Recommended reading

Here are some books from my own shelves which I’d recommend. Why not see if your local library has a copy, or request one if they don’t?

Fiction

Homegoing by Yaa Gyasi
Stay With Me by Ayobami Adebayo
When We Speak of Nothing by Olumide Popoola
Things Fall Apart by Chinua Achebe
The Underground Railroad by Colson Whitehead
If Beale Street Could Talk by James Baldwin

Non-fiction

Why I’m No Longer Talking to White People About Race by Reni Eddo-Lodge
Slay In Your Lane: The Black Girl Bible by Elizabeth Uviebinené and Yomi Adegoke
She Called Me Woman: Nigeria’s Queer Women Speak by Azeenarh Mohammed (Editor), Chitra Nagarajan (Editor), ‎Aisha Salau (Editor)
Revolting Prostitutes by Juno Mac and Molly Smith
The Colour of Madness: Exploring BAME mental health in the UK by Samara Linton (Editor), Rianna Walcott (Editor)
Let Me Tell You This by Nadine Aisha Jassat (Poetry)

Comments (5)

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  1. davie laing says:

    My essential reading? Gramsci’s Prison Notebooks, anything by Eric Hobsbawm but especialally his four volume ”Ages” series, Shakespeare’s The Tempest and Pride and Prejudice by Jane Austin for its sheer intelligence.In the case of Shakespeare readers may want to note that the bosun and Caliban propoise collectivist solutions to the storm at sea and the owneship of Caliban’s enchanted isle.

  2. davie laing says:

    My essential reading? Gramsci’s Prison Notebooks, anything by Eric Hobsbawm but especialally his four volume ”Ages” series, Shakespeare’s The Tempest and Pride and Prejudice by Jane Austin for its sheer intelligence.In the case of Shakespeare readers may want to note that the bosun and Caliban propose collectivist solutions to the storm at sea and the owneship of Caliban’s enchanted isle repectively.

  3. Tomi says:

    I enjoyed reading this but the part that really did it for me is the Recommended Reading. You deal with a subject that’s been raised but still need to be raised, as there has been no real change.

  4. SleepingDog says:

    Focusing on the point about (appropriate) reading fostering empathy, I am concerned whenever I hear that a young person who can read, chooses not to. I’m not aware of any other media that helps to develop a theory of mind broad enough to take in strange cultures in the way long-form text does. That puts you into the mind of someone else. That can develop another person’s worldview and some of their reasons and unreasons for it.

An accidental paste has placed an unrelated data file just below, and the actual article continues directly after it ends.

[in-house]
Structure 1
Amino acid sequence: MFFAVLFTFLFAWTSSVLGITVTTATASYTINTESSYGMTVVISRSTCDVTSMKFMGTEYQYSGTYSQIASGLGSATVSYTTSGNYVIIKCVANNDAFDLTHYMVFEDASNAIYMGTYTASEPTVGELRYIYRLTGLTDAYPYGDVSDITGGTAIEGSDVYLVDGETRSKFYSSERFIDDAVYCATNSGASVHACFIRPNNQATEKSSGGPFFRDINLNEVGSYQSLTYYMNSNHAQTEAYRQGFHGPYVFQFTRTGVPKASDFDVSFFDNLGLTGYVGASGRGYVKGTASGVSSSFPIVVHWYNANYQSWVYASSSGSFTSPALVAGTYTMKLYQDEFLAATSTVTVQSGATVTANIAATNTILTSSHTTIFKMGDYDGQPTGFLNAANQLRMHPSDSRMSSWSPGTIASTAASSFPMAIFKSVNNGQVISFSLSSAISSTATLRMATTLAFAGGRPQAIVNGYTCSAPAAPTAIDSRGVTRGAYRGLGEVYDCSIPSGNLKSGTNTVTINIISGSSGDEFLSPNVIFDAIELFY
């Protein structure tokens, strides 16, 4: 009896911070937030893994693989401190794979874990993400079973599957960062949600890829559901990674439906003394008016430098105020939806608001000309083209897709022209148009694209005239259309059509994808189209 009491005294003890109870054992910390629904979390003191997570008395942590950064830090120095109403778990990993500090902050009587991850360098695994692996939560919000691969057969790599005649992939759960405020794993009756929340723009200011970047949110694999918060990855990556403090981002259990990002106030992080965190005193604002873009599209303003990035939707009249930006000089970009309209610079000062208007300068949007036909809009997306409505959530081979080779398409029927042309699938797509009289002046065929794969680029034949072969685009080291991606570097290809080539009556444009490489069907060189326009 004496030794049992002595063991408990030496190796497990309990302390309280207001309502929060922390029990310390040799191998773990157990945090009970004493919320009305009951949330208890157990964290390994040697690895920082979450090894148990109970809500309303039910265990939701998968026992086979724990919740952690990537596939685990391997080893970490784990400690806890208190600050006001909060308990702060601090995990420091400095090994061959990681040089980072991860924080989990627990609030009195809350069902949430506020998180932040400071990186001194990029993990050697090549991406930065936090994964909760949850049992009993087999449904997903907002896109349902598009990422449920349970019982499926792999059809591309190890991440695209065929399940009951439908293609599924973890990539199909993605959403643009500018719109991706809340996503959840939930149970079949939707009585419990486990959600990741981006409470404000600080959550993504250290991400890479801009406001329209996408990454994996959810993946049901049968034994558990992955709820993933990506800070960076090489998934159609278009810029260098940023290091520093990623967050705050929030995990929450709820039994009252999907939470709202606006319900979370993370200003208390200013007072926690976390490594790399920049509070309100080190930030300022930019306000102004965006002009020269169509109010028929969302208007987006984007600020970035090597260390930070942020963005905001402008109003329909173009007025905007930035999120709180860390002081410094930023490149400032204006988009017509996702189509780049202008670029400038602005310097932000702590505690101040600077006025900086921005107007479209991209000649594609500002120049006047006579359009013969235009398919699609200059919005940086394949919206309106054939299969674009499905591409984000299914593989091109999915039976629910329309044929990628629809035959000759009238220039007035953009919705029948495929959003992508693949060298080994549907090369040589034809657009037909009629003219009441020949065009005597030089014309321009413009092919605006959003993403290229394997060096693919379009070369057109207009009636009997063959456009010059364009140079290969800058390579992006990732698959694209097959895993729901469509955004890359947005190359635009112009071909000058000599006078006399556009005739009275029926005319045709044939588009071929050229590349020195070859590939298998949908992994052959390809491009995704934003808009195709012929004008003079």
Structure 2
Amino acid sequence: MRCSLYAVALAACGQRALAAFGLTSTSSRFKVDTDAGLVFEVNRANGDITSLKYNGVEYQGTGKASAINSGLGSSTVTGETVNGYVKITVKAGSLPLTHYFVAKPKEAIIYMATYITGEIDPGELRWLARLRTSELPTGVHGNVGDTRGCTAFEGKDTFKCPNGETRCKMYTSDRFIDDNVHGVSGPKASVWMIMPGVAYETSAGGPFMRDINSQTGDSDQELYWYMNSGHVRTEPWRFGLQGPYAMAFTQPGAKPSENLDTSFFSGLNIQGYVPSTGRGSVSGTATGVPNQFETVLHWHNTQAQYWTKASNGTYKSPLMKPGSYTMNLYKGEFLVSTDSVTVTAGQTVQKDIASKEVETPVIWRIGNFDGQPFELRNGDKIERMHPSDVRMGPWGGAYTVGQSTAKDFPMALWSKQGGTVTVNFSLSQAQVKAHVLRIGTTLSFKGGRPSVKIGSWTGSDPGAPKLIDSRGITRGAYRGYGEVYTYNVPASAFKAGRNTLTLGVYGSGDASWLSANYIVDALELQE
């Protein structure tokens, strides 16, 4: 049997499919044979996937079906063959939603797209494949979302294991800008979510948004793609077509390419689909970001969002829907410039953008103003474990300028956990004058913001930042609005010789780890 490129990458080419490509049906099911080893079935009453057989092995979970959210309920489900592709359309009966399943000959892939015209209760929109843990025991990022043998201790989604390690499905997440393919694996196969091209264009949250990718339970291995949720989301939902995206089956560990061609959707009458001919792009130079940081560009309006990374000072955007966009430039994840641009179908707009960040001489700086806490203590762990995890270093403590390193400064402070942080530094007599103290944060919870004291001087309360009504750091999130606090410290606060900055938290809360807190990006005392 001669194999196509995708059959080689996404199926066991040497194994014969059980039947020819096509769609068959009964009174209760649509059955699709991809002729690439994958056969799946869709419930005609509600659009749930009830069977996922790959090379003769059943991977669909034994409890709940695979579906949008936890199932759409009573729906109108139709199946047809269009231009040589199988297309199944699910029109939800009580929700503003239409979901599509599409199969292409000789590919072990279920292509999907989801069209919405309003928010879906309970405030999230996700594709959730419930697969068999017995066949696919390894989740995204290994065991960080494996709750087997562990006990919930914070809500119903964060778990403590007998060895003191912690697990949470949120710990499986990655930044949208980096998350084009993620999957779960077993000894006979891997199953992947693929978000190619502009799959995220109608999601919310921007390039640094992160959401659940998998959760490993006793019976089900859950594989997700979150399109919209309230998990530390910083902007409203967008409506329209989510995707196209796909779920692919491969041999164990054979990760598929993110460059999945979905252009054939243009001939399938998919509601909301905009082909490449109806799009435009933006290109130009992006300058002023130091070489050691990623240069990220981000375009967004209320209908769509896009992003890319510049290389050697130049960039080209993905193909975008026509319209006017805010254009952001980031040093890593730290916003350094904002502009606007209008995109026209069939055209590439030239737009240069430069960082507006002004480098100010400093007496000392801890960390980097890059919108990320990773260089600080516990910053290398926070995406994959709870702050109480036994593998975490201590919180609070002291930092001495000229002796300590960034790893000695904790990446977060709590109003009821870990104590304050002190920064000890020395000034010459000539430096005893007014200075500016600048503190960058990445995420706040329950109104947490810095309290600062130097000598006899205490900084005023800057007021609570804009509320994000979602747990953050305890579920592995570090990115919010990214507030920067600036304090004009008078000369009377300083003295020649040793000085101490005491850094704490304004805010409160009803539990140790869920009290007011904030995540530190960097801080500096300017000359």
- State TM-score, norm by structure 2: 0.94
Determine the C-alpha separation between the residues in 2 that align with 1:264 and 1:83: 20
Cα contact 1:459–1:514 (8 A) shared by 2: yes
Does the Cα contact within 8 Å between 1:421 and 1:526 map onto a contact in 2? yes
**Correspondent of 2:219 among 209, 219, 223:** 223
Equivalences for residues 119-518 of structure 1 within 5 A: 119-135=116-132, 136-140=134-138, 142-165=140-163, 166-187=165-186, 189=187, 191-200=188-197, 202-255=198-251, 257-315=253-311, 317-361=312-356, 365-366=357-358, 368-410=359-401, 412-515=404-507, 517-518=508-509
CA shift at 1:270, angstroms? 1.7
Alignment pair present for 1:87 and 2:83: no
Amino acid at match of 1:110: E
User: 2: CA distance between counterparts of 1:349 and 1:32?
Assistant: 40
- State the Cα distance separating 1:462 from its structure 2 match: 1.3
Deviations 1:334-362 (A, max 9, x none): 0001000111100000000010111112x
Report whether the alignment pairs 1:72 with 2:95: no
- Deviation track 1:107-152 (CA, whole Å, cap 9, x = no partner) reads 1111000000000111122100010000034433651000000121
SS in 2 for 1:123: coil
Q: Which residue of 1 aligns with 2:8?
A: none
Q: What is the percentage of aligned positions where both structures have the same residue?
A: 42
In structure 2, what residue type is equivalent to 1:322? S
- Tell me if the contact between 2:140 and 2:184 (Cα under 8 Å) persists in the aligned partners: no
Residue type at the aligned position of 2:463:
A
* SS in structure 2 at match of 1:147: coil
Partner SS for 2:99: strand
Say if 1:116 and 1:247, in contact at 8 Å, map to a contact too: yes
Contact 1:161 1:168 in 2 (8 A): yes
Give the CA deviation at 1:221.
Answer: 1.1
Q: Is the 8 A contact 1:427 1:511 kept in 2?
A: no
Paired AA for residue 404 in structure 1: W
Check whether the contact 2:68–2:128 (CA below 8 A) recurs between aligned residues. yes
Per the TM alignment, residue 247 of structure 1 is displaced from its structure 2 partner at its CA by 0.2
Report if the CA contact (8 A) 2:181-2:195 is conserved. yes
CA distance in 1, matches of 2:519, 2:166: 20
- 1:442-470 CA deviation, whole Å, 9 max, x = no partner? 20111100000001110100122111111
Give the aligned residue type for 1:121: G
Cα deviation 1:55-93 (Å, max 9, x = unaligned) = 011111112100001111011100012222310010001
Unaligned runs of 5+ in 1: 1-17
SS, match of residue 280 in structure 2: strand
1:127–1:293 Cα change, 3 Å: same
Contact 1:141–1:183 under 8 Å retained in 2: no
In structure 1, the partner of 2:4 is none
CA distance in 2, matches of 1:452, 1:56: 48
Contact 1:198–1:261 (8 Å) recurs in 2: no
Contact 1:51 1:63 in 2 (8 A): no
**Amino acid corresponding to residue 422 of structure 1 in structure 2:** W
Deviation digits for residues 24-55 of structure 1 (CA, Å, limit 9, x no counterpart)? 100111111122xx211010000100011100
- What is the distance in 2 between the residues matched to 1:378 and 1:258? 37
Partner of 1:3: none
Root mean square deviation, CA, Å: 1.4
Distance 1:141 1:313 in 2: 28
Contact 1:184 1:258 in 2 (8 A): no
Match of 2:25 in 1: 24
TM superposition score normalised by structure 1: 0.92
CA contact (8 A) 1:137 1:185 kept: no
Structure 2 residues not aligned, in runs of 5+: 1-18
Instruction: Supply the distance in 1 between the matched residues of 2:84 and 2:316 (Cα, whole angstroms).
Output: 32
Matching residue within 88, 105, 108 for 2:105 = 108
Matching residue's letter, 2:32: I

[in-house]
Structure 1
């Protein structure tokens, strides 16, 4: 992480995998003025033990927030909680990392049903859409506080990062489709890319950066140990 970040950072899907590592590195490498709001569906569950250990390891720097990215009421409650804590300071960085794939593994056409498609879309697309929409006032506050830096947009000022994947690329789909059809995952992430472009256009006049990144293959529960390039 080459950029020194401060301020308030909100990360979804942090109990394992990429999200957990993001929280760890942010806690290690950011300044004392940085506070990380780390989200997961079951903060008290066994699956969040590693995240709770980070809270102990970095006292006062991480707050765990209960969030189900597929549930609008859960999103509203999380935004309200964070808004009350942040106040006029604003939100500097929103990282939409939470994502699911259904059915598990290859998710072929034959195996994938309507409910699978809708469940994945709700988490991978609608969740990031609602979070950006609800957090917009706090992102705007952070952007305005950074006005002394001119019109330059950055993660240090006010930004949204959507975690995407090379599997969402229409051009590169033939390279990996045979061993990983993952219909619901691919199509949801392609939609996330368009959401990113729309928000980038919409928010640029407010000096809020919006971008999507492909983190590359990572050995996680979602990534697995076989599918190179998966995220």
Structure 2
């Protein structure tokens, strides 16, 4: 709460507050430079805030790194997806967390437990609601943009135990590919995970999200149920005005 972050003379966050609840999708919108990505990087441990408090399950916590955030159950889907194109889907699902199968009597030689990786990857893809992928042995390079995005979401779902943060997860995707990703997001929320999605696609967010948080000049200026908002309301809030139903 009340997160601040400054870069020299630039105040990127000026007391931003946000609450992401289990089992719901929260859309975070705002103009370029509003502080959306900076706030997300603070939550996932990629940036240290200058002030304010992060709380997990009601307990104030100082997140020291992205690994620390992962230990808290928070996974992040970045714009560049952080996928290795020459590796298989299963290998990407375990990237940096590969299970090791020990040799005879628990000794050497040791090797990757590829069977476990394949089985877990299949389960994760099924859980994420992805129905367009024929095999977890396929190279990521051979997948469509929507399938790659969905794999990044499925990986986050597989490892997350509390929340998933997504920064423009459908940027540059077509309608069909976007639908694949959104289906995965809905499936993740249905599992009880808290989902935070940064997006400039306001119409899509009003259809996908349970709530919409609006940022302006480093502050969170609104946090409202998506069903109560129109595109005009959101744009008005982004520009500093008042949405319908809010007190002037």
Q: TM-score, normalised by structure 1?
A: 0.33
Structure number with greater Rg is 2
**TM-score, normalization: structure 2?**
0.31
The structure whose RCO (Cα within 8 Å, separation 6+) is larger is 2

Some of our current problems appear to be exacerbated by people getting learning political philosophy from YouTube. I remember struggling with concepts and repeatedly rereading passages of key works until I felt I had a working understanding. While other media may be helpful, and new media is still to deliver more developed forms, there does not seem to be a substitute for reading as yet.

    I have two of the books listed, one from each group, on my to-read shelves. I have very recently requested a copy of a book recommended by someone on a course, and was pleased that my local library was able to provide it in short order, with notification by email. Are the book-buying policies of public libraries themselves public? I have wondered in the past about the effects of sponsorship, and whether indeed institutions like the Carnegie Trust can be, well, trusted.

  5. Gordon McShean says:

    When a teenager in Glasgow in the 1950s, libraries directed me toward assisting important social and political actions. However, Scottish nationalist organizations proved unable to support multiple concepts; with others I was forced to leave our land (you can learn about my predicament in RETIRED TERRORIST). I first went to Occupied Germany, founding the knowledge I had gained in Scottish libraries and schools proving very useful for obtaining appointments with American military work a well as German authorities. After a year I was offered immigration to the US, and subsequently entered California university programs. After these qualifications I got appointments as a library director. During this time, attempting to maintain my Scottish connections, I also found myself being told that my ‘radical nationalist’ background would place me at risk if I should try to return home! So decided I’d be better to take advantage of my ‘radical library viewpoints’ in the US – finding many Americans sympathetic to the idea that libraries should be active in promoting intellectual freedom (“hippies” were being identified as American conservatives’ evil). I then wrote another book, RUNNING A MESSAGE PARLOR, telling about ventures I’d experienced in various parts of the US, when I’d defend everything from cowboys who wanted access to PLAYBOY, to setting up public poetry that included Burns material! Of course… I wasn’t successful! The library profession did defend me a little (my stuff was included in a manual, SOCIAL RESPONSIBILITIES AND LIBRARIES), but I couldn’t face any more fighting. I quietly took another academic position – in NZ – until I retired in 1999. Kiwis haven’t seem to have found much to complain about me excepting perhaps that I’m still a wee bit too Scottish!